Martin Schröder (chemist)

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Martin Schröder

Born1954 (age 66–67)
EducationSlough Grammar School
Alma materUniversity of Sheffield (BSc)
Imperial College London (PhD)
AwardsRSC Corday–Morgan Prize (1989)
RSC Tilden Prize (2001)
RSC Award for Chemistry of Transition Metals (2003)
Royal Society Wolfson Research Merit Award (2005)
RSC Award for Chemistry of the Noble Metals and their Compounds (2008)
RSC Nyholm Prize for Inorganic Chemistry (2020)
Scientific career
FieldsInorganic chemistry[1]
InstitutionsUniversity of Manchester
University of Nottingham
University of Cambridge
ETH Zurich
University of Edinburgh
ThesisReactions of oxo complexes of osmium and ruthenium (1978)
Doctoral advisorWilliam P. Griffith[2]
Doctoral studentsSihai Yang
InfluencesJack Lewis
Websitewww.research.manchester.ac.uk/portal/en/researchers/martin-schroder(5c345b50-12e4-46a3-bb76-ad2ac3b36b18).html

Martin Schröder BSc, PhD, DIC, FRSE, FRSC, MAE is a British inorganic chemist.[1] He is Vice President and Dean for the Faculty of Science and Engineering and Professor of Chemistry in the Department of Chemistry at the University of Manchester since June 2015.[3] He served previously as Executive Dean of the Faculty of Science from 2011 to 2015 and Professor of Inorganic Chemistry at the University of Nottingham from 1995 to 2015.

Early life and education[edit]

Martin Schröder was born in Taplow, Berkshire of Estonian refugee parents in 1954,[4] and was educated at Montem Primary School and Slough Grammar School. He is first in family to attend university, and was awarded a Bachelor of Science degree in Chemistry from the University of Sheffield in 1975 and a PhD and DIC from Imperial College London in 1978 where his research on oxo complexes of osmium and ruthenium was supervised by Professor William P. Griffith.[2]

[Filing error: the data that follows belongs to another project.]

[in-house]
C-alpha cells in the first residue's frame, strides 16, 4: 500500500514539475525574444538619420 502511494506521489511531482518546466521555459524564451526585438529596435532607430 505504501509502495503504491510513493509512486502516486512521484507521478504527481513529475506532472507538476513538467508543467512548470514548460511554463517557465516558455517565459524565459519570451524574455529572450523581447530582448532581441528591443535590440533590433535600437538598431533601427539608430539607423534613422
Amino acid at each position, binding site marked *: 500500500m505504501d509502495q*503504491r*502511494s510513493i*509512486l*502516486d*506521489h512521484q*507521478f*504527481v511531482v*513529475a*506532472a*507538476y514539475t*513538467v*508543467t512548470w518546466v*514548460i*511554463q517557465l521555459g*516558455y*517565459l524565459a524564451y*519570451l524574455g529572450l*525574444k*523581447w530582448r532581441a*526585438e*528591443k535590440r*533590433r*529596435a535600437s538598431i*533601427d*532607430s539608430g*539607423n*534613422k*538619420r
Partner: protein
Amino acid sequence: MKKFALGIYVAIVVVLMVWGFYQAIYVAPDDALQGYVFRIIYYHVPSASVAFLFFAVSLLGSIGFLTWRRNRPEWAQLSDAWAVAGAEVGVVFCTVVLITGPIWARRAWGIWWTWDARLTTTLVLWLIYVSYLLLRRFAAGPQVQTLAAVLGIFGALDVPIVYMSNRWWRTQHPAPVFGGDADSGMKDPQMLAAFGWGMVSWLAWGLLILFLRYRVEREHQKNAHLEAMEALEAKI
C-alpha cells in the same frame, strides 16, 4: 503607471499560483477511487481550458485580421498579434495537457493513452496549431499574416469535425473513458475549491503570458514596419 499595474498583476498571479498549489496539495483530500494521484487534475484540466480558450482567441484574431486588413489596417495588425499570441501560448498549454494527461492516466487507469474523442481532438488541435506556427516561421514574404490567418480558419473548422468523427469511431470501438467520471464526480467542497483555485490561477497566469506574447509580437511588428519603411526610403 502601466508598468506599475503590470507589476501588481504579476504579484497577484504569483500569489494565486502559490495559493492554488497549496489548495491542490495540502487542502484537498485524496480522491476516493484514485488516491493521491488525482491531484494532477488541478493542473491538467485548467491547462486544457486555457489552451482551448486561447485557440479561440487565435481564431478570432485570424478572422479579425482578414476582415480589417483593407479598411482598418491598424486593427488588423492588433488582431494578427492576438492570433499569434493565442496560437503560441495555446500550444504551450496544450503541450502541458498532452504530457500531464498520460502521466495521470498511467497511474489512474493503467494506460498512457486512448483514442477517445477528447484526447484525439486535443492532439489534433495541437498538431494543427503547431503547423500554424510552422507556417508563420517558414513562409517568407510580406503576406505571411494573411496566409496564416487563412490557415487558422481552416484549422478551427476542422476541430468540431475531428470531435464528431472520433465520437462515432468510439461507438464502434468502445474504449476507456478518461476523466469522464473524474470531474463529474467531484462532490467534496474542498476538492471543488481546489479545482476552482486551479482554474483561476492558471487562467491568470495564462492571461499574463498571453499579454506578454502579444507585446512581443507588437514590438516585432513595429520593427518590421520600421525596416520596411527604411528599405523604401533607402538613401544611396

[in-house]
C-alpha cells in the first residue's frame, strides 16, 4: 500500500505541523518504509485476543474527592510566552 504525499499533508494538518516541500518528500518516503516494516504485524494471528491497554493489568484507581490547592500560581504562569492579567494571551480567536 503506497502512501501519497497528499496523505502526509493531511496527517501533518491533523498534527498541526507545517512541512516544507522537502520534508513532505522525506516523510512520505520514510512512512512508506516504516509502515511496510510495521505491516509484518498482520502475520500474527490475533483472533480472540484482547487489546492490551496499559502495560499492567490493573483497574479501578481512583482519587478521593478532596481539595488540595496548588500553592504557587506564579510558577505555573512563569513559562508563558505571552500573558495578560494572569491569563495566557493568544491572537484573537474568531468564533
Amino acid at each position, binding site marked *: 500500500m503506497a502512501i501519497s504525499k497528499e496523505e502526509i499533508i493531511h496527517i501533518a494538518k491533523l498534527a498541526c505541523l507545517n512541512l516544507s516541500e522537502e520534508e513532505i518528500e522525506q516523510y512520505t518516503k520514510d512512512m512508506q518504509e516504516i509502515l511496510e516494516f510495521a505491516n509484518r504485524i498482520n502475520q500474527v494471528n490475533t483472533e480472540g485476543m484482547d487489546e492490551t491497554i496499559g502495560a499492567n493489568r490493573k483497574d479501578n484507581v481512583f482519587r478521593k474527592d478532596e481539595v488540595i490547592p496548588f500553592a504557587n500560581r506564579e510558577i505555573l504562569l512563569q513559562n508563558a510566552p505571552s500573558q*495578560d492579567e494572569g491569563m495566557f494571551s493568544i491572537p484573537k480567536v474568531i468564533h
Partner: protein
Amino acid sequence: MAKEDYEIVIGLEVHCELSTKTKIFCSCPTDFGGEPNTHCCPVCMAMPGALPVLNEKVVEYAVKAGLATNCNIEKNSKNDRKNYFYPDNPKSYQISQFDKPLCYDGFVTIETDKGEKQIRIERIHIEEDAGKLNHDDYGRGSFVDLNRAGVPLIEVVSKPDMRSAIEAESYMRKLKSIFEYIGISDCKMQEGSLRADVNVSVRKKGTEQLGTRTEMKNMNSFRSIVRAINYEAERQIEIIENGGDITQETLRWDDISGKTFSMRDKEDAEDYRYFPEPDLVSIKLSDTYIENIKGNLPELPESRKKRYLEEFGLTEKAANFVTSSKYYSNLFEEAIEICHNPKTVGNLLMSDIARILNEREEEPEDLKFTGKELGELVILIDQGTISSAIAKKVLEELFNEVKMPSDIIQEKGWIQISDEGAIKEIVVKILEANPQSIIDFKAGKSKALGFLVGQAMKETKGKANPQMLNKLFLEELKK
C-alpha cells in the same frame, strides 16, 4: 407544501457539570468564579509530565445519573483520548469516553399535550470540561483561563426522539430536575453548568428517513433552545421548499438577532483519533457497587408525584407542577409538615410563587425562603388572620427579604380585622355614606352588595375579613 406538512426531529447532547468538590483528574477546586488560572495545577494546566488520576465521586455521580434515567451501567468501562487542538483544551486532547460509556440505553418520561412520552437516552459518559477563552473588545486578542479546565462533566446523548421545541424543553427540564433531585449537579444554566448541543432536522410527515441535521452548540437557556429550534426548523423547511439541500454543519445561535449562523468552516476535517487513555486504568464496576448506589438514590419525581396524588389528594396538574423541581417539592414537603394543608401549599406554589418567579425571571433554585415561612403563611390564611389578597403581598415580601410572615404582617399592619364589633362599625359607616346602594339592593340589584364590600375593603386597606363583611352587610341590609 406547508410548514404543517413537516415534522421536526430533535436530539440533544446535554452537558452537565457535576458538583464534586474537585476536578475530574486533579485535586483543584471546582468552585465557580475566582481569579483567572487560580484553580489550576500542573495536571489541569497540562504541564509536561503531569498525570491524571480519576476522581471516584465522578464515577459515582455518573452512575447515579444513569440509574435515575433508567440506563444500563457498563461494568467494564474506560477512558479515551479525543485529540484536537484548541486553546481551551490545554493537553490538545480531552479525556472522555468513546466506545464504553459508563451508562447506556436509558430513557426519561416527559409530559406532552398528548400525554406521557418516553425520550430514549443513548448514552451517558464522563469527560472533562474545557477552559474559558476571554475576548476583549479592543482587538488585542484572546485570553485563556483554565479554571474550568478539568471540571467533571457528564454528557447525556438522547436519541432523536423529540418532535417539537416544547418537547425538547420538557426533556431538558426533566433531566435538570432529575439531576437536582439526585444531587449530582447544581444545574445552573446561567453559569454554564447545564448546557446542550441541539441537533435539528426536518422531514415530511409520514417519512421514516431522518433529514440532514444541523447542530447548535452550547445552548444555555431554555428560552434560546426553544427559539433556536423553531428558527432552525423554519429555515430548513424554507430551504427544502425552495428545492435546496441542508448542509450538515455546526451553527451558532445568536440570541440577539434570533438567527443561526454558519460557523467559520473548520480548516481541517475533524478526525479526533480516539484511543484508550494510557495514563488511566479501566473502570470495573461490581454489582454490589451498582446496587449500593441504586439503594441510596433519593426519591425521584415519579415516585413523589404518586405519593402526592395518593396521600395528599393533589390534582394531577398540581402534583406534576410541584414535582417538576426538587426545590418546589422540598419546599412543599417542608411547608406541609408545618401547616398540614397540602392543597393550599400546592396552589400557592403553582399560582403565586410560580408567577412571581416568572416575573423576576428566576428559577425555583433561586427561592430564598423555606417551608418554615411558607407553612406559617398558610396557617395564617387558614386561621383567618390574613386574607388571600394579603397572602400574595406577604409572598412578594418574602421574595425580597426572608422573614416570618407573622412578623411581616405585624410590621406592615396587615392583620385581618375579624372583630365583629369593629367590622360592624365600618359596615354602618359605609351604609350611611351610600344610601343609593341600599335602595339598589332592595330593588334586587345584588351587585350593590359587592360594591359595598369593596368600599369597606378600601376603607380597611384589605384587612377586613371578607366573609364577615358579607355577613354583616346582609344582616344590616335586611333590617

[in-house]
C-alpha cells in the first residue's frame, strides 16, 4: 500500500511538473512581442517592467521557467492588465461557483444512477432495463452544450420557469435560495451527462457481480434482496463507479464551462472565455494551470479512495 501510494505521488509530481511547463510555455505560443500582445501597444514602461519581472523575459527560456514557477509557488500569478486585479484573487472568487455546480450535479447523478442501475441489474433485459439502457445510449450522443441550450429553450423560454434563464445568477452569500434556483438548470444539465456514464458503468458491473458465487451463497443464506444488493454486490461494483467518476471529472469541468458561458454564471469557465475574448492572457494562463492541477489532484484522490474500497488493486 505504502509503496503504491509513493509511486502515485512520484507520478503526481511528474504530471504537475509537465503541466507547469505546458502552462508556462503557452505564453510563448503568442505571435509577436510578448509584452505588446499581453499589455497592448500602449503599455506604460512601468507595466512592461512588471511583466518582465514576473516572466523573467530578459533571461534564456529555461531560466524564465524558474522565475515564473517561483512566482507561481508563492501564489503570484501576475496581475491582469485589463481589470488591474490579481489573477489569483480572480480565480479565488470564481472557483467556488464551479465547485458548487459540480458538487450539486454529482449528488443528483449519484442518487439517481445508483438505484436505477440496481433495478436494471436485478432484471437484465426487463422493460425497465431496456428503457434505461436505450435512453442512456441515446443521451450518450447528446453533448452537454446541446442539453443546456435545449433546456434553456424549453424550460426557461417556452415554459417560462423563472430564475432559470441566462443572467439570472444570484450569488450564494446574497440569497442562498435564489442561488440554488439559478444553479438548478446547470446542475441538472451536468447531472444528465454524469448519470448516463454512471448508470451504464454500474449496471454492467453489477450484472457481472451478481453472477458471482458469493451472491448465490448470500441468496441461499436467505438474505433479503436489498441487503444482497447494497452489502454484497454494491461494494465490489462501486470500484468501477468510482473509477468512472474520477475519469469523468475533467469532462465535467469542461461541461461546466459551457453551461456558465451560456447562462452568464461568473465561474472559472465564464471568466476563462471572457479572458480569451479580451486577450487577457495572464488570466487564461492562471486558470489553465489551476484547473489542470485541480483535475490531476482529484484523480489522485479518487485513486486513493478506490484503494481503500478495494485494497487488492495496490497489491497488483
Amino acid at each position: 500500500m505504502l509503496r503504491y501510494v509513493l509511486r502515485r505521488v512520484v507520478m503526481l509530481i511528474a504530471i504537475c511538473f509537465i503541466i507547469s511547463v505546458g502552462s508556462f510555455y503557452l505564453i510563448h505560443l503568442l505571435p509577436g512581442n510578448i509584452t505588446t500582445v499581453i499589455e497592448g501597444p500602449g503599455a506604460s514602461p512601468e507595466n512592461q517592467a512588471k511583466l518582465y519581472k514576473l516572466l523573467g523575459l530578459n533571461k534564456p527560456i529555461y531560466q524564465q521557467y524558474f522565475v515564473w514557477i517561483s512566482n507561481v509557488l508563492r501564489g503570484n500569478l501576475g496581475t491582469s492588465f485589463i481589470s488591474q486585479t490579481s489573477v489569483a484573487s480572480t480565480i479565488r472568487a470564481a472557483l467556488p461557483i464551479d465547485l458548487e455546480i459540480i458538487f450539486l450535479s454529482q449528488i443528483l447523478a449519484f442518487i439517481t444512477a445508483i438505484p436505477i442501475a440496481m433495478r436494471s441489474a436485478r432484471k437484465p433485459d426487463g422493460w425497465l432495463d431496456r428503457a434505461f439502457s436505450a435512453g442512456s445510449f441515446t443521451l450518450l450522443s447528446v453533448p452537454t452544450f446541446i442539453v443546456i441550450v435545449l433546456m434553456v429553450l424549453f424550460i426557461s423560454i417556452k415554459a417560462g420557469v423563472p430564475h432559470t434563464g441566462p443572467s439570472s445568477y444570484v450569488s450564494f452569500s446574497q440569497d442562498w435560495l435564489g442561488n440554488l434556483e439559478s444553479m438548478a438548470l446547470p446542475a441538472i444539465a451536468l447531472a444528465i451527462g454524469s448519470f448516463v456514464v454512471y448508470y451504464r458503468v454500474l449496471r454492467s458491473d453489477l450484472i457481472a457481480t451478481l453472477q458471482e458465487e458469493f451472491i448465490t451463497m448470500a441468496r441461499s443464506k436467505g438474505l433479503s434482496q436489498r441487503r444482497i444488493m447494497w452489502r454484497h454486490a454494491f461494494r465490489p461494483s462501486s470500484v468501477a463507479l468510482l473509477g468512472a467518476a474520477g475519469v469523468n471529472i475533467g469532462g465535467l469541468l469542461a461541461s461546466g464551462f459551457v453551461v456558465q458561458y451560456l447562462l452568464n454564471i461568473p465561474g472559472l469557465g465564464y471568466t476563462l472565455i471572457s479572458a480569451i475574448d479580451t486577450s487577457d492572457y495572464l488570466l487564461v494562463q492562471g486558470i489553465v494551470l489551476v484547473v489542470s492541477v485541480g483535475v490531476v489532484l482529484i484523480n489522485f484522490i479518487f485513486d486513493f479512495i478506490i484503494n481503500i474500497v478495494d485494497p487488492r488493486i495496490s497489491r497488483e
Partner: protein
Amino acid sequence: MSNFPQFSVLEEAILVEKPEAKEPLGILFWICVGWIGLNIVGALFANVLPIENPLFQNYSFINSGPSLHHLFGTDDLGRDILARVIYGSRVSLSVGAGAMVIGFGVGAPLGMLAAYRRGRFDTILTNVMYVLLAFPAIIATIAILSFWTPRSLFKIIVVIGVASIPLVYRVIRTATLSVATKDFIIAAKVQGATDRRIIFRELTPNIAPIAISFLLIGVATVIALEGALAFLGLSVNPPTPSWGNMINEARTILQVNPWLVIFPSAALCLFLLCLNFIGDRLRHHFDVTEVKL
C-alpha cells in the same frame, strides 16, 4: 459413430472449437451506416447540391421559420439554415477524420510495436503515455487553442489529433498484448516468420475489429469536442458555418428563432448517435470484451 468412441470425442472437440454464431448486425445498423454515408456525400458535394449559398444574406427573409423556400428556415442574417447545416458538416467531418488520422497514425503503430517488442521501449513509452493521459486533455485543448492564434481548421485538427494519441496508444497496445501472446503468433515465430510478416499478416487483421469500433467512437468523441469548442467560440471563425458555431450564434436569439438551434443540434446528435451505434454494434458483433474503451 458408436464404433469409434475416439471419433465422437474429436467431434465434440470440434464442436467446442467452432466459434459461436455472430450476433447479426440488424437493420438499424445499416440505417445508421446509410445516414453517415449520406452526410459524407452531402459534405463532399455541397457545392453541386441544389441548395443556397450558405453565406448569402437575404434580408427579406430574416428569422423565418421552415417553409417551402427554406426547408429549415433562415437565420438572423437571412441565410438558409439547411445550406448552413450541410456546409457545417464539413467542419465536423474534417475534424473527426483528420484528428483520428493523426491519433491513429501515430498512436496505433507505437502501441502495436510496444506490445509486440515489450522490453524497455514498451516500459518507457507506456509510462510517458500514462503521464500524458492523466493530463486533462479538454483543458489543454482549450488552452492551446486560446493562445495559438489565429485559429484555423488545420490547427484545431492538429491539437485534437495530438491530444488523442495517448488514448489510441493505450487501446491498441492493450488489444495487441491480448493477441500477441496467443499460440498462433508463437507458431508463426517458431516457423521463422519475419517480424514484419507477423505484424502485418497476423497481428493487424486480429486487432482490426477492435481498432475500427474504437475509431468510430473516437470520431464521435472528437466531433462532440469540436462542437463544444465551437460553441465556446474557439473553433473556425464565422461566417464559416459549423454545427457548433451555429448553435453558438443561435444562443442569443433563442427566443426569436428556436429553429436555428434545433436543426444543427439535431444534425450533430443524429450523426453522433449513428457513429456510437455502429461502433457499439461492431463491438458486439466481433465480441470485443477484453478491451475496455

Career and research[edit]

After postdoctoral fellowships at the ETH, Zürich with Professor Albert Eschenmoser, funded by a Royal Society-Swiss National Foundation Fellowship, and at the University of Cambridge with Professor Jack Lewis, Lord Lewis of Newnham, he was appointed to a Senior Demonstratorship at the University of Edinburgh in 1982. He was subsequently promoted to Lecturer, Reader and then Professor, and in 1995 was appointed to the University of Nottingham as Head and Professor of Inorganic Chemistry. He served as Head of the School of Chemistry at the University of Nottingham from 1999-2005,[5] and as Executive Dean of the Faculty of Science (2011-2015). In 2015 he moved to his current position as Vice-President and Dean of the Faculty of Science and Engineering and Professor of Chemistry at the University of Manchester. In 1994 he was elected Fellow of the Royal Society of Edinburgh and Fellow of the Royal Society of Chemistry, and in 2016 he was elected Member of Academia Europaea.

He has been a Visiting Professor at the University of Toronto, Canada, the University of Otago, Dunedin, New Zealand and the Université Louis Pasteur, Strasbourg, France, and has published over 540 publications and patents. He has held a Leverhulme Trust Senior Research Fellowship, and has Honorary Degrees from Tallinn Technical University and from Nikolaev Institute of Inorganic Chemistry, Russian Academy of Sciences. In 2020, he was awarded the Nyholm Prize for Inorganic Chemistry by the Royal Society of Chemistry.[6]

His early independent research focussed on the chemistry of transition metal thioether and aza macrocyclic complexes with particular focus on the stabilisation of unusual oxidation state species. This work led to the isolation and characterisation of unique mononuclear M(I)/(III) (M = Ni, Pd, Pt) and M(II) (M = Ag, Au, Rh, Ir) complexes. His current research focuses on the development of new advanced functional materials, particularly metal-organic framework materials for selective fuel and toxic gas capture, purification and catalysis.

References[edit]

  1. ^ a b Martin Schröder publications from Europe PubMed Central
  2. ^ a b Schröder, Martin (1978). Reactions of oxo complexes of osmium and ruthenium. london.ac.uk (PhD thesis). Imperial College London (University of London). hdl:10044/1/8148. OCLC 500557068. EThOS uk.bl.ethos.471806. Free to read
  3. ^ Anon (2015). "New Vice-President and Dean for EPS faculty". manchester.ac.uk.
  4. ^ GRO Register of Births: JUN 1954 6a 541 ETON - Martin Schröder, mmn = Kruus'na
  5. ^ Anon (2013). "Martin Schroder at the University of Nottingham". nottingham.ac.uk. University of Nottingham. Archived from the original on 16 July 2013.
  6. ^ "Professor Martin Schröder | Nyholm Prize for Inorganic Chemistry winner 2020". Royal Society of Chemistry. Retrieved 16 December 2020.